On a much more casual note: have you guys decided which direction you are travelling yet?? I think we are ruling out East, but are undecided as to whether we start by heading west (to Australia) or South (likely starting in El Salvador or Belize). Hopefully we can end up meeting along the way…



  3. My goodness, much ado about nothing, I’d say & perhaps more about link bait than anything else. There are MANY ways to travel and in my 58 years, I think I have done most of them. I don’t think ANY one has said or demanded that there is only ONE WAY to do life, so not sure what the fuss is about.

    I agree with you than long term travel can be VERY special. We are going on our 5th year of non-stop, open ended travel as a family and it’s truly been extraordinary. It IS a dream come true and better than we ever imagined it, so we will continue it as long as it works for us.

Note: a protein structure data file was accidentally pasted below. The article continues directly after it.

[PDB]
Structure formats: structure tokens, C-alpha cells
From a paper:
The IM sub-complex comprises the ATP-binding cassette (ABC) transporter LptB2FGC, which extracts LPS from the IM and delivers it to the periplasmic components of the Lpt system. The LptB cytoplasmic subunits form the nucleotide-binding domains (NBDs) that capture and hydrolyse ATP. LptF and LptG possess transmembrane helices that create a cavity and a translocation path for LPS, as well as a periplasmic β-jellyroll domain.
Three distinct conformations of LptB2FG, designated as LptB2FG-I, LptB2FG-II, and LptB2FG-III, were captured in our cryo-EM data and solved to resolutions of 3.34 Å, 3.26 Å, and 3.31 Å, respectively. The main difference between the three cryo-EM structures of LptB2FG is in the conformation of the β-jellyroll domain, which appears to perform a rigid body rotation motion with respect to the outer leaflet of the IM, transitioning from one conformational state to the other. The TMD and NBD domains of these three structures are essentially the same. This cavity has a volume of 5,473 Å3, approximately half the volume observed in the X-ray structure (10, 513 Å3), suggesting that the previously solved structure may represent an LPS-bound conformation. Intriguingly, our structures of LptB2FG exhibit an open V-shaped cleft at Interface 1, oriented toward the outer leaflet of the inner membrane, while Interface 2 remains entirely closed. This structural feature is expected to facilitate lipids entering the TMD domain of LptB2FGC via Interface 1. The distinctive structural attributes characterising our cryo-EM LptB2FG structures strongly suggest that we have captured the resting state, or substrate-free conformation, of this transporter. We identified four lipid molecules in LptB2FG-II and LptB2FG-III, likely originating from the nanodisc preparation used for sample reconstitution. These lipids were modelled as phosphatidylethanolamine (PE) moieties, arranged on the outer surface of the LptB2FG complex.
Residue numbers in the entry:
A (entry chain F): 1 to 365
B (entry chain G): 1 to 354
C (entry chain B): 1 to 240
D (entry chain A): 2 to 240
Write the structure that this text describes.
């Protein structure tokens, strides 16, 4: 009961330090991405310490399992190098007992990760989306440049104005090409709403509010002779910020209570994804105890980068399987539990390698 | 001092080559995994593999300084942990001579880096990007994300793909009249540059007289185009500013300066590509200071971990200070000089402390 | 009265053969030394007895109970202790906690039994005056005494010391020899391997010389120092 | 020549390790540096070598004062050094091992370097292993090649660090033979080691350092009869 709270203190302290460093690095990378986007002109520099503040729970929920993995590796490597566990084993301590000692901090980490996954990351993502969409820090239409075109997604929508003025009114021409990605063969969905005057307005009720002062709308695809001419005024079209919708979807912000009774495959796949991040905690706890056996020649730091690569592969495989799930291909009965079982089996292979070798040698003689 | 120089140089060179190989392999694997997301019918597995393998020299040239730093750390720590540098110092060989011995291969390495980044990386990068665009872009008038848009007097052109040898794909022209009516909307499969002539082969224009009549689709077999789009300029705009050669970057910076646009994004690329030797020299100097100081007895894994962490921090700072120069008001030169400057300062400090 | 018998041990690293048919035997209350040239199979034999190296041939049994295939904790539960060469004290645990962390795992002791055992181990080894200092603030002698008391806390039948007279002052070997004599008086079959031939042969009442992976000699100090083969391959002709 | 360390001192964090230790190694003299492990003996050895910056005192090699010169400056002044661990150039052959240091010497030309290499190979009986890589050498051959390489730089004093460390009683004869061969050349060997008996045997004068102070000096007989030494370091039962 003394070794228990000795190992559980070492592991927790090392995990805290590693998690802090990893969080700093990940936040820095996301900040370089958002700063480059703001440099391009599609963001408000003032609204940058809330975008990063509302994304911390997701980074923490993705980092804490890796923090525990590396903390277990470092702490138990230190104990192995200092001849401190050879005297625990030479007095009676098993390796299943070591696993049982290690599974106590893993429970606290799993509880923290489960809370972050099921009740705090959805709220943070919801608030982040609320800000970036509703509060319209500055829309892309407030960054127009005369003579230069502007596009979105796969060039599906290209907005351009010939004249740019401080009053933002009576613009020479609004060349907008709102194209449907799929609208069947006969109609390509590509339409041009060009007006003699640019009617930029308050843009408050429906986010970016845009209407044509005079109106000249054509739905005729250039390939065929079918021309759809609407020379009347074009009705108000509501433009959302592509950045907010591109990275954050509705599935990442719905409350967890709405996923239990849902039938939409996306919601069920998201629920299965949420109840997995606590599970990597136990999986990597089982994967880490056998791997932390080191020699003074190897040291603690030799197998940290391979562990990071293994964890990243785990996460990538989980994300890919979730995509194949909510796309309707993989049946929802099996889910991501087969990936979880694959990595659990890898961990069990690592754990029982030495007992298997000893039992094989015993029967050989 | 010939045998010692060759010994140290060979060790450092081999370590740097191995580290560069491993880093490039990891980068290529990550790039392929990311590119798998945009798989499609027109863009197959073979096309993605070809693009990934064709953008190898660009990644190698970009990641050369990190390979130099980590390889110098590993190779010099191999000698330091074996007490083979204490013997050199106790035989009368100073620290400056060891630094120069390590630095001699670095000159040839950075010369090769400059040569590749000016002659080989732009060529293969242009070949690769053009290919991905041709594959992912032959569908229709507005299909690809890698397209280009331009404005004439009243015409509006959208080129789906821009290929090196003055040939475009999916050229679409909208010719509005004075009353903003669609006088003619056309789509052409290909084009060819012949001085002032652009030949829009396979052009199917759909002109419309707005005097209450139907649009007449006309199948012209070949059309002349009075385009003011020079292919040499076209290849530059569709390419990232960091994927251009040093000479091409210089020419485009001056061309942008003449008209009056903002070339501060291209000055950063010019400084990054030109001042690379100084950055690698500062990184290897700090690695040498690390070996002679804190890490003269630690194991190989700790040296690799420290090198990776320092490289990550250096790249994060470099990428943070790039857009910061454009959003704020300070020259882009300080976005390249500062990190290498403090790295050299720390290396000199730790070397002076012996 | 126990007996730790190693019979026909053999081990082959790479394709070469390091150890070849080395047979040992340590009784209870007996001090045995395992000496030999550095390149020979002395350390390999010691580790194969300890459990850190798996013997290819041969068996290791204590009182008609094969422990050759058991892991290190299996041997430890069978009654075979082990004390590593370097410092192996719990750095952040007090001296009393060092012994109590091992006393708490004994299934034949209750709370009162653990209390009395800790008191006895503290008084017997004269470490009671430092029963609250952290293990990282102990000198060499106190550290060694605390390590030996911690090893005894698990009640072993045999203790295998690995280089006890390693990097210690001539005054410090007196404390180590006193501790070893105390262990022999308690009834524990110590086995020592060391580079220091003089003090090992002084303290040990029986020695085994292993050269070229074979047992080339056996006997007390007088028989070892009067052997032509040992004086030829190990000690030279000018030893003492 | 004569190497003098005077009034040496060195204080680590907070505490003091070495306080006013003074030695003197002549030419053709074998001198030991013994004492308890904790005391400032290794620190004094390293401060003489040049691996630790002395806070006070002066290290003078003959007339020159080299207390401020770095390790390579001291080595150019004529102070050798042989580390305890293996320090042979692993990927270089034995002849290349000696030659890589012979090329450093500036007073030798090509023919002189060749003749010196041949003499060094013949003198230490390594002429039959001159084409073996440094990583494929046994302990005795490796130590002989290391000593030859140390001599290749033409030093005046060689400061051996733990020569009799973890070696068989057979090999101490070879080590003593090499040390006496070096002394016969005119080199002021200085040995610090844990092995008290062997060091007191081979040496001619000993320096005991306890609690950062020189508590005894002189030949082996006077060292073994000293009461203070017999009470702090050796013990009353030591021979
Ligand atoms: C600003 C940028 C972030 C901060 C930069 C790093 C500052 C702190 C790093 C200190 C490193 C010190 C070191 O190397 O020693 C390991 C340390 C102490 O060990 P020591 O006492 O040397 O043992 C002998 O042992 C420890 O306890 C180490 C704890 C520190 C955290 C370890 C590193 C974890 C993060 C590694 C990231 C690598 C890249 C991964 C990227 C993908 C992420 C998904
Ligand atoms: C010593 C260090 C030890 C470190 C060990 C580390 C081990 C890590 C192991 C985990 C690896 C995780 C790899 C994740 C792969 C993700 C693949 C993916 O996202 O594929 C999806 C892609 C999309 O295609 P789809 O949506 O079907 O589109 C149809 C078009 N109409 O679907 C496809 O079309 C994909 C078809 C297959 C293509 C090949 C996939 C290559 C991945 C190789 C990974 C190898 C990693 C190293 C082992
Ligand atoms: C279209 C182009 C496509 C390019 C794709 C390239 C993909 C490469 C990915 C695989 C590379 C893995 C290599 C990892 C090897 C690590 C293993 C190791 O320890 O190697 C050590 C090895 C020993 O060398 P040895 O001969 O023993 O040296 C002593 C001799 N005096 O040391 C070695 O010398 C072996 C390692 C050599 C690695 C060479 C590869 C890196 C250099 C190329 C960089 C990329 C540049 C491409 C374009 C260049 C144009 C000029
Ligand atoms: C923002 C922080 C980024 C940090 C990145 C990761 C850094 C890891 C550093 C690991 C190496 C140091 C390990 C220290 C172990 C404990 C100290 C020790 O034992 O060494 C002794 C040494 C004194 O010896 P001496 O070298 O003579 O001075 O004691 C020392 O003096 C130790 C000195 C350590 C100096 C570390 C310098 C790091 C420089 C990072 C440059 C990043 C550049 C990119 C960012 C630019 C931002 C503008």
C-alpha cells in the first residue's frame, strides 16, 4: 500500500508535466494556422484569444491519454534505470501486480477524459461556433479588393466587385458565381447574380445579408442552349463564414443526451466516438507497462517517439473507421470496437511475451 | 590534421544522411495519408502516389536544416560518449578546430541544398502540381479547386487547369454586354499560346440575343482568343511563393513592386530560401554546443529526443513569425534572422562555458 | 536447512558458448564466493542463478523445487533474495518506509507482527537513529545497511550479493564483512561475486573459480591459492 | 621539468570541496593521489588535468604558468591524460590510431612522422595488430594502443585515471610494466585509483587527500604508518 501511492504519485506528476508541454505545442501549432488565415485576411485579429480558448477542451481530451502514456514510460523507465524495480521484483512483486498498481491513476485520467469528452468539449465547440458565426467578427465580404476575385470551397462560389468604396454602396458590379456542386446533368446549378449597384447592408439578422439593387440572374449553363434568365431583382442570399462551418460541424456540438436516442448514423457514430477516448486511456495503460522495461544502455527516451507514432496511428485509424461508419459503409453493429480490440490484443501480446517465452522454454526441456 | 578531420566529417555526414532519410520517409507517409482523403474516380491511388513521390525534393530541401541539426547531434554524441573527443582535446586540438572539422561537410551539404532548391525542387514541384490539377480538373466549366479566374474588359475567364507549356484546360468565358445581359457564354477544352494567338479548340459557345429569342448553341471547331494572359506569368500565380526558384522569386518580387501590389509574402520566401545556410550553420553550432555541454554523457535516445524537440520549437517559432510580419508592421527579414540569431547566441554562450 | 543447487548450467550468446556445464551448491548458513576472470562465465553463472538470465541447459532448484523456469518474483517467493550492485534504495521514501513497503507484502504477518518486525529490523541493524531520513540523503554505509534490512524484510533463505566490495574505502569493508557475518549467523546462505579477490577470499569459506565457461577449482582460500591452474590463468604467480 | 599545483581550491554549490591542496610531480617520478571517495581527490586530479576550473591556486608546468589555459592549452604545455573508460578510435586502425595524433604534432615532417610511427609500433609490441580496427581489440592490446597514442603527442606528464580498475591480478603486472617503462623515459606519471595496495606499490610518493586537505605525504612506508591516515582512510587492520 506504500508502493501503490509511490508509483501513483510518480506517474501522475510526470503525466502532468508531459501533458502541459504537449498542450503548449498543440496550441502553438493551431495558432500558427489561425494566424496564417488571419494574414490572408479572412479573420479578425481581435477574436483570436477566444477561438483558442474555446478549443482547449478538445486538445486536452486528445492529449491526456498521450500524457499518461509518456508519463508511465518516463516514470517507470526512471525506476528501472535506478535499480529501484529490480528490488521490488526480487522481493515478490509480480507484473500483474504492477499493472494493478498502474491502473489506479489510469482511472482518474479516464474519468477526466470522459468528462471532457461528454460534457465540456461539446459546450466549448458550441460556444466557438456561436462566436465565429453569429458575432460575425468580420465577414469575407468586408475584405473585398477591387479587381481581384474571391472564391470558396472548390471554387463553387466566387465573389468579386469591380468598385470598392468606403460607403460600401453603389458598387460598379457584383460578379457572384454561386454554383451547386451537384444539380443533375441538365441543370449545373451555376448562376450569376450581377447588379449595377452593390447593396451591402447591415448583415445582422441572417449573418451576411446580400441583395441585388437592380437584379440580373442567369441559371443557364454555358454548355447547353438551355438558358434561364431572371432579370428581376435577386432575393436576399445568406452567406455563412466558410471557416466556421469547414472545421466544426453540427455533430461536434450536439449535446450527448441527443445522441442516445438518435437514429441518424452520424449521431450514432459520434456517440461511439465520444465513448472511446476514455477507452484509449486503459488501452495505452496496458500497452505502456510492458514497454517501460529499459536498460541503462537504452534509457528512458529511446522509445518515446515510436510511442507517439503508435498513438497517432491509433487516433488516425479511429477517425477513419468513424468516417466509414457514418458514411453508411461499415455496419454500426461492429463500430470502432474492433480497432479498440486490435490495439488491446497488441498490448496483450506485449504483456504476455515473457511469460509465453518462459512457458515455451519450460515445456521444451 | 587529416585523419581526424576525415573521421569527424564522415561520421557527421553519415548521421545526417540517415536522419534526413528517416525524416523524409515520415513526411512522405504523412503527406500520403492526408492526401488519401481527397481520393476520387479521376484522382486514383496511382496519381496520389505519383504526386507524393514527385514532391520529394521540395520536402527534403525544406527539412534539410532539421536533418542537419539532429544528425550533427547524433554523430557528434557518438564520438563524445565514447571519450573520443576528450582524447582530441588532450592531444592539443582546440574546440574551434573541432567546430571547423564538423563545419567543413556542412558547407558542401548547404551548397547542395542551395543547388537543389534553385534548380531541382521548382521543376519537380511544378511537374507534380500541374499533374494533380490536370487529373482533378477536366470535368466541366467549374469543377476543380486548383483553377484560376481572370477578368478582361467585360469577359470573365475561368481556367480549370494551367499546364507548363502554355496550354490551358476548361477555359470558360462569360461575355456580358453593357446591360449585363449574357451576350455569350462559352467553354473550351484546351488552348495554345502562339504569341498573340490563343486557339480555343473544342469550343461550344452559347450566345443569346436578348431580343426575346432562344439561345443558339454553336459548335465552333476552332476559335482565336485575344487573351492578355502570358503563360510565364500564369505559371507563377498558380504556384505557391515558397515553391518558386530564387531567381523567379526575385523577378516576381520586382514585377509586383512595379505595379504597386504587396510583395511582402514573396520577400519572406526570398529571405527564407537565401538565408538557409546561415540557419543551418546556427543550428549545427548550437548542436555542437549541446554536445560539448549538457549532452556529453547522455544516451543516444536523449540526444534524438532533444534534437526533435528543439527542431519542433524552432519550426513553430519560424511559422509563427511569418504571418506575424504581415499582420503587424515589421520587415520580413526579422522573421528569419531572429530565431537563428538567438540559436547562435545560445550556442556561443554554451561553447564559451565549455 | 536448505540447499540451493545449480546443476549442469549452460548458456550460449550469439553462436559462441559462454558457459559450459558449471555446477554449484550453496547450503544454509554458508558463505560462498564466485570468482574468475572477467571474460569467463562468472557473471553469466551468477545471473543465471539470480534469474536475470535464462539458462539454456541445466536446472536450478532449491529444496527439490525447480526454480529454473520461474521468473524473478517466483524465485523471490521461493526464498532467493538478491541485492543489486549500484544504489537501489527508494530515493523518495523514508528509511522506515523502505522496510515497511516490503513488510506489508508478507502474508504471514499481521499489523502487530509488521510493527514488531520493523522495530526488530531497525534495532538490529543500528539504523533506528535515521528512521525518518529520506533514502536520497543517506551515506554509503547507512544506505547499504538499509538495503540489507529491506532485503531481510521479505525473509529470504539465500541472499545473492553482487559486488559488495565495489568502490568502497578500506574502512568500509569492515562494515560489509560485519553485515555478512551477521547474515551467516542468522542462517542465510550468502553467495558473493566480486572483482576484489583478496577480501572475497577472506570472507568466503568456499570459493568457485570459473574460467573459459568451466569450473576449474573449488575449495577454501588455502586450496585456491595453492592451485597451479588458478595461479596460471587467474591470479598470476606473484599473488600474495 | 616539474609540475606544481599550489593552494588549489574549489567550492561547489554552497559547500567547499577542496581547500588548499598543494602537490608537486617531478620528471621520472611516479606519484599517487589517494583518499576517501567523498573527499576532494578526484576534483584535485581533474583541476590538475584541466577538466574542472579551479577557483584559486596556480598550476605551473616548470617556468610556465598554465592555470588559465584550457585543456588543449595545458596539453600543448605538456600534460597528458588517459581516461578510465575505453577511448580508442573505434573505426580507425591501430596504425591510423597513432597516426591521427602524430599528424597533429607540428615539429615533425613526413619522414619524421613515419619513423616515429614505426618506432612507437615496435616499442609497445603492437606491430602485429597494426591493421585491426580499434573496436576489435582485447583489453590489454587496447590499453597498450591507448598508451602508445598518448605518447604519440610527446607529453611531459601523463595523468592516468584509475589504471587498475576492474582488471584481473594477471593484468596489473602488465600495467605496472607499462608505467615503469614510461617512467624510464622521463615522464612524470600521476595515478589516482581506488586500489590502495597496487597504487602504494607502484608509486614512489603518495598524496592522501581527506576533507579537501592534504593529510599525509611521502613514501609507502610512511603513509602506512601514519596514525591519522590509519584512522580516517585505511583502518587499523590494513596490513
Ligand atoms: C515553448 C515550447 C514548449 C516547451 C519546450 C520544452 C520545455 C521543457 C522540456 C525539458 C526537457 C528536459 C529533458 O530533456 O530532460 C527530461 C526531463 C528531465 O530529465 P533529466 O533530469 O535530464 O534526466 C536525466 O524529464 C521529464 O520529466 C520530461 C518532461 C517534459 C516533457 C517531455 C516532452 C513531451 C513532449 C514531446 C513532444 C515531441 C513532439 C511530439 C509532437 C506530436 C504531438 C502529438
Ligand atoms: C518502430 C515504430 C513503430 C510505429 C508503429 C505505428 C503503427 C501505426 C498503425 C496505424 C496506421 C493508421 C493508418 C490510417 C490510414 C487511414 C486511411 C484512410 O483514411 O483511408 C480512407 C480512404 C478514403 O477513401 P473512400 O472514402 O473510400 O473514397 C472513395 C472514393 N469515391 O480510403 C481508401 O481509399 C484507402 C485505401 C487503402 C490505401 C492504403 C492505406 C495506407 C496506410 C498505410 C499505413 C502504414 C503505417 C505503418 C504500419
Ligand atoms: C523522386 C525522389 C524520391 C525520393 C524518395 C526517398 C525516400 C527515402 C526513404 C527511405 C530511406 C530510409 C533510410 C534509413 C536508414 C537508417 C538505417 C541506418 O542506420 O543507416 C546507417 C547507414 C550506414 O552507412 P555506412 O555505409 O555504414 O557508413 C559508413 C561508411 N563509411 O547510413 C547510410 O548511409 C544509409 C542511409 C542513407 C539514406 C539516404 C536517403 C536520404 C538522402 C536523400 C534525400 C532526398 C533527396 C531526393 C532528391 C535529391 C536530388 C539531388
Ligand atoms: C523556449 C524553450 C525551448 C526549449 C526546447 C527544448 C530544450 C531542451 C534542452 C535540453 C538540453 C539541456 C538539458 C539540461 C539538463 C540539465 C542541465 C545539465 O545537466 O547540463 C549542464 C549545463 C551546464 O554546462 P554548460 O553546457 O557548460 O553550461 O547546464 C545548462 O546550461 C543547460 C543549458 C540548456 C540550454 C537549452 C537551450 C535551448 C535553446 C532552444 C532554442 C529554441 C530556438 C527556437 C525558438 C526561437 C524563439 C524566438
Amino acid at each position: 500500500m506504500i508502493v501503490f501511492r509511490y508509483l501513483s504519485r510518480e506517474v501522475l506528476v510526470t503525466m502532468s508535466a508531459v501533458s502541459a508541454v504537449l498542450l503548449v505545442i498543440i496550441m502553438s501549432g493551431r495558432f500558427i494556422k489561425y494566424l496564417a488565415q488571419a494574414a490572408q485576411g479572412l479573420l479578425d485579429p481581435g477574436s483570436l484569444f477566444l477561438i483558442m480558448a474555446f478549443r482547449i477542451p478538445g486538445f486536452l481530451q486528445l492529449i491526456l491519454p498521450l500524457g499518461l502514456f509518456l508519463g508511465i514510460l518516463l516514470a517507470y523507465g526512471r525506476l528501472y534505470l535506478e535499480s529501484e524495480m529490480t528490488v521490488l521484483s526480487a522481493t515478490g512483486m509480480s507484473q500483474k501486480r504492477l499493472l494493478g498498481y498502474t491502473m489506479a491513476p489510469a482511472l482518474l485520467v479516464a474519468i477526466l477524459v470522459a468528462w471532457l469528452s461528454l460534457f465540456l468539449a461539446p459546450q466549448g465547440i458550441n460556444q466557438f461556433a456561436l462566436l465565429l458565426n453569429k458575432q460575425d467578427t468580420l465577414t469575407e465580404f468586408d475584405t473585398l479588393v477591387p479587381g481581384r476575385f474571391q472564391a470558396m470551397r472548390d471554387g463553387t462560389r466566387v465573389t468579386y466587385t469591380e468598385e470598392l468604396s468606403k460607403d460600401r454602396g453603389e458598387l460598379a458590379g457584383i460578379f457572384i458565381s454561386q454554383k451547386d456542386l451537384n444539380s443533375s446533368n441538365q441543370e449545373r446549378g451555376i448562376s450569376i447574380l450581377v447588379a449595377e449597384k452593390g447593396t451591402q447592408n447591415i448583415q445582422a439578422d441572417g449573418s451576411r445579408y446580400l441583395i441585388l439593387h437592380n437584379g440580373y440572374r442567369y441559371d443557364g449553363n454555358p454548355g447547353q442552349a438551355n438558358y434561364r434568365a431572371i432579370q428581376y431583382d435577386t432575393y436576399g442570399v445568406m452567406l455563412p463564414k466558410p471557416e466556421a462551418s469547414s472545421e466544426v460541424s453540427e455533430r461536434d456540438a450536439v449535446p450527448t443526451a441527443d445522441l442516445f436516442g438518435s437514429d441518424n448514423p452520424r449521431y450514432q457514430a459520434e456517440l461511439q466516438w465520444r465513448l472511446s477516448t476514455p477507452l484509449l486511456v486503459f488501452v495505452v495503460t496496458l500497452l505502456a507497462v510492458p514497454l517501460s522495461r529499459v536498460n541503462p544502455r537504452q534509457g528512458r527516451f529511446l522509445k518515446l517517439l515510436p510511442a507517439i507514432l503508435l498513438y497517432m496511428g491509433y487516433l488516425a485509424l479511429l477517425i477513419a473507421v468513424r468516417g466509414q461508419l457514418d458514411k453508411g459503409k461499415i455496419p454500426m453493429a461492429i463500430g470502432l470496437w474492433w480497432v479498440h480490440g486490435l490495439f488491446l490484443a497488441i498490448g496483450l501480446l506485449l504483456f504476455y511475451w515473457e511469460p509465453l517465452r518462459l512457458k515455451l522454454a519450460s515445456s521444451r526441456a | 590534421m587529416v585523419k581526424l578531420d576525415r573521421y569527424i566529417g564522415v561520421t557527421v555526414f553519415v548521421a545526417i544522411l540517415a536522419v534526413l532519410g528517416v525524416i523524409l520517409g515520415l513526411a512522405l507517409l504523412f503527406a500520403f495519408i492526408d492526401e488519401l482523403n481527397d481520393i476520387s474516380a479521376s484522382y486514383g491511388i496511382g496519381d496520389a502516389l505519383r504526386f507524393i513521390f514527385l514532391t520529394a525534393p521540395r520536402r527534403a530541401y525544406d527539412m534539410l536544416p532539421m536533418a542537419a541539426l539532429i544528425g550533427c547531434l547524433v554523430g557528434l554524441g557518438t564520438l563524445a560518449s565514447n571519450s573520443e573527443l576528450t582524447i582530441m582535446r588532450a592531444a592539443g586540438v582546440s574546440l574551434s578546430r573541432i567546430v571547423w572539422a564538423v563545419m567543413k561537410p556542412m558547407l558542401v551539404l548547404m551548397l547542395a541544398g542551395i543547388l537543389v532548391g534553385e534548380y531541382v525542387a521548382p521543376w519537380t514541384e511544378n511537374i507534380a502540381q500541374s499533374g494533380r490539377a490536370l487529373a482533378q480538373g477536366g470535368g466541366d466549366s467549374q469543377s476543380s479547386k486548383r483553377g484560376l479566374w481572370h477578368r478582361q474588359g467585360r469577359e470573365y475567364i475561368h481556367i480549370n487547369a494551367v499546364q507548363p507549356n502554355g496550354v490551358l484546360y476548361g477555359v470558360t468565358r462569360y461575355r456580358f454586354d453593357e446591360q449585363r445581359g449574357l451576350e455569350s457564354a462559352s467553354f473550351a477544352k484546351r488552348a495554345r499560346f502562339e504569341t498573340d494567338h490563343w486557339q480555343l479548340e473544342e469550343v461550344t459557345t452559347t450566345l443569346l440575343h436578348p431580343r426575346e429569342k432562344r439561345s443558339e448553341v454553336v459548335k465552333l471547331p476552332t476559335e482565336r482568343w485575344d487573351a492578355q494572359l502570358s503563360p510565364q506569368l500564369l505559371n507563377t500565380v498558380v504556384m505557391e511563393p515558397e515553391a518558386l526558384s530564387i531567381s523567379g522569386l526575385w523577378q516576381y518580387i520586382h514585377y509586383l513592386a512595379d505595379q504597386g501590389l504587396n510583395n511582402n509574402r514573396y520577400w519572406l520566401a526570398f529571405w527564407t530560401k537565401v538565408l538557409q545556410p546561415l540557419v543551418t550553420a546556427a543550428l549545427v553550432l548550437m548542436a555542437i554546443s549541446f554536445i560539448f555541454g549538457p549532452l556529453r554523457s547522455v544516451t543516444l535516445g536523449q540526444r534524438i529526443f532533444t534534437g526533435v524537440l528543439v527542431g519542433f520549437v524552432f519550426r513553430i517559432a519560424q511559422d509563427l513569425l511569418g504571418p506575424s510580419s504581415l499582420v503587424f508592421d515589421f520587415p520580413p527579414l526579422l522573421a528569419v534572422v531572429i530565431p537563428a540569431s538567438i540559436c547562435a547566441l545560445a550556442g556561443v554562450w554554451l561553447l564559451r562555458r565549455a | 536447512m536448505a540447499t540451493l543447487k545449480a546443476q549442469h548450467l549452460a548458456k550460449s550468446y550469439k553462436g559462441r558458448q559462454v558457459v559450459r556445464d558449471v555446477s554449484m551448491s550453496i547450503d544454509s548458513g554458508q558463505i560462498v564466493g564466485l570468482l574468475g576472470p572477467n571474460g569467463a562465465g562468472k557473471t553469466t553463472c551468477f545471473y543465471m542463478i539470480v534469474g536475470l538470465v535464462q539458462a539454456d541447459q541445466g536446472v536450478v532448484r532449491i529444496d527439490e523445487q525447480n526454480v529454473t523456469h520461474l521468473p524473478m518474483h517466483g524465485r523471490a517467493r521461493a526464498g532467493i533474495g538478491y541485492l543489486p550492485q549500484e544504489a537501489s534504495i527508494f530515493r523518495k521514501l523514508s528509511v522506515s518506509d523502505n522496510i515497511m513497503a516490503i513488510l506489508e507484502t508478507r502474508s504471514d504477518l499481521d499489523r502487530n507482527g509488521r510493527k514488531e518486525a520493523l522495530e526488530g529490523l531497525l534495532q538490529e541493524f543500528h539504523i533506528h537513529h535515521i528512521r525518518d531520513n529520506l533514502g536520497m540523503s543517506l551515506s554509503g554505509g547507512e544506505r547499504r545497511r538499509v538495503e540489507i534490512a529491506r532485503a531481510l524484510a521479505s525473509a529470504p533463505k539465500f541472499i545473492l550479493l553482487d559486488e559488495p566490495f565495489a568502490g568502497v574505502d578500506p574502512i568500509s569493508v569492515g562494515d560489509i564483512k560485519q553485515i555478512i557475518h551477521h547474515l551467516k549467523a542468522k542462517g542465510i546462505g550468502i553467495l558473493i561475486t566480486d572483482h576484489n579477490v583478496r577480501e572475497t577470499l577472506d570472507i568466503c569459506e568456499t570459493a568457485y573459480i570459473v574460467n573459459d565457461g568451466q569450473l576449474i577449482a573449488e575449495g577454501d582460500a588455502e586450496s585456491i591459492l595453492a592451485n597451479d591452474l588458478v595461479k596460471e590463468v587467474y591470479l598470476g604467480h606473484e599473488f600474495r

Perpetual travel is not really new ( we have 4 friends who have been doing it for over 25 years) but the internet & new economy has encouraged more people to do it ( especially since 2008 after the 4HWW & crash).

    It will always be the minority position as most people like routine and sameness, but for those who love freedom, it’s a great time to be alive.

    It’s not just about travel, it’s also about “thinking differently” and trailblazing a new way of being.

    • Daniel says:

      Agreed — A tempest in a teacup! Lots of thoughtful replies here, and really appreciate that! I’d like to address each one in turn, but am getting a litlle bogged down at work. Will get to them in time! Thanks for the comment!

  4. Mike says:

    How very interesting. Haven’t been “in the know” but glad I caught up just now.